Russia Restores Soviet Heavy Transport Jets From ‘Boneyard’ Storage as Fleet Expands

Russia has restored at least one An-124 heavy airlifter to service after decades in storage to meet rapidly expanding requirements, as the country reverses its post-Cold War demilitarisation in the face of wartime conditions. The airlifter fleet is one of multiple areas of the country’s air and ground forces which are being expanded significantly as the country faces both a protected war in Ukraine and fast escalating tensions with an expanding NATO alliance and with Western-aligned Japan. Attention was drawn to this expansion when an An-124 transport was brought out of storage at Ulyanovsk-East Airport for extensive refurbishment and modernisation. The An-124 is a highly prized asset for Russia and represents by far the heaviest aircraft in the country’s fleet. It is relied on to serve as a larger complement to the lighter but more widely used Il-76. While the Il-76 is produced domestically in Russia, after factories were moved there from Uzbekistan where they had been built in the Soviet era, the An-124 was produced in Ukraine during the Soviet era which has been a key impediment to further acquisitions. Aside from the An-124, it remains uncertain which other aircraft may be restored and in what quantities.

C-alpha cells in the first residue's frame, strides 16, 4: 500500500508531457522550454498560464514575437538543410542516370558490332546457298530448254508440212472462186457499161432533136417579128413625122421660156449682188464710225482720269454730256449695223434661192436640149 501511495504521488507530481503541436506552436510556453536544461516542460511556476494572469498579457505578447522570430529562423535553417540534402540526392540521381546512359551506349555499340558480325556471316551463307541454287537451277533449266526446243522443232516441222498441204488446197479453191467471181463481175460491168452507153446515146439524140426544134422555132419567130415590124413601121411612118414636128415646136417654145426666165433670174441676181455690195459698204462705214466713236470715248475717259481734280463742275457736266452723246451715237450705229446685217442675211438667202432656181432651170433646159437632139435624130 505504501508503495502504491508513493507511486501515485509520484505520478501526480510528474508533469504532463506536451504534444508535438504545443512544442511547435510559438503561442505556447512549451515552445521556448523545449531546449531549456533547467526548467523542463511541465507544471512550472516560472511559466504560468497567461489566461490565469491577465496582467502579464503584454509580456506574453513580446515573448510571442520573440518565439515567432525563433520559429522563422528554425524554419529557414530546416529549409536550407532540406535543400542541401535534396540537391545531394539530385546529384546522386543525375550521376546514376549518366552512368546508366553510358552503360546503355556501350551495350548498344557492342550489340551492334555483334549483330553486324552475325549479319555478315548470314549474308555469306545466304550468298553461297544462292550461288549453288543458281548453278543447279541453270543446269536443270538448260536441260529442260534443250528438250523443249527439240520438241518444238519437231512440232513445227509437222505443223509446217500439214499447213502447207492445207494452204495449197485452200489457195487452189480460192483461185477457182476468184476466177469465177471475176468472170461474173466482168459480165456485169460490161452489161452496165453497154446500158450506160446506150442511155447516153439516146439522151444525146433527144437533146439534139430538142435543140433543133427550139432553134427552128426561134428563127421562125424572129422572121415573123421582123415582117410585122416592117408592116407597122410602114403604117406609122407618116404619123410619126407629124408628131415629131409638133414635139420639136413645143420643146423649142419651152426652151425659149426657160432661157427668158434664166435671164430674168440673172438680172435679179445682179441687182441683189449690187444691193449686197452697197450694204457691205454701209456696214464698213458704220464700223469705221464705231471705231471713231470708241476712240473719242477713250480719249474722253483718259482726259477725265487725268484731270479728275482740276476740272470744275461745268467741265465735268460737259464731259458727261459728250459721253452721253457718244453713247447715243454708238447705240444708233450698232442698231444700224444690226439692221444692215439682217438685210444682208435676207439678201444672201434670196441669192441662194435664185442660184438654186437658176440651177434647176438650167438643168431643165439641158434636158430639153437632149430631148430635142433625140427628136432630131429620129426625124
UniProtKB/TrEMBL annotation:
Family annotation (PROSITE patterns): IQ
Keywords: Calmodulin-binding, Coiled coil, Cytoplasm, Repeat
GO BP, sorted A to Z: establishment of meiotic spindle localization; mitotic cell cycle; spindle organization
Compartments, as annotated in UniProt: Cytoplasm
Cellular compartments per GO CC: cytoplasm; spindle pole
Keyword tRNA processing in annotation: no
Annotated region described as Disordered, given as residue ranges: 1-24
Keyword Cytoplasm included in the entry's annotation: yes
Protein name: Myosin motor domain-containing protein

Alongside support for logistics within Russia, two An-124s were reportedly recently deployed for flights to North Korea, fuelling speculation of high value arms transfers either from the East Asian state to the Russian Armed Forces or vice versa. The aircraft are optimal for delivery of fighter planes and other valuable assets. The An-124 is notably operated not only by the Russian Air Force, but also for civil purposes air carrier Volga-Dnepr Airlines, with one of these aircraft lost on June 10, 2023 when it was appropriated by the Canadian government with questionable legality. The airliner had been chartered by the Canadian government and landed in Toronto on February 27, 2022, carrying rapid tests for Covid-19 from China. It is expected to be delivered to Ukraine as Canadian aid. Russia is currently developing a successor to the An-124 domestically, although this is not expected to be ready for service until the mid-2030s. Russia and Ukraine were previously jointly developing a successor intended to enter service around 2020, before the overthrow of the Ukrainian government in 2014 and the country’s pivot towards close alignment with NATO ended the program. Russia currently lacks a means of acquiring airlifters of comparable size other than through restoration of Soviet built airframes in storage. The United States has faced similar issues after retiring its own heavy airlifters the C-5 Galaxy and C-17 Globemaster from service in 1989 and 2015 respectively.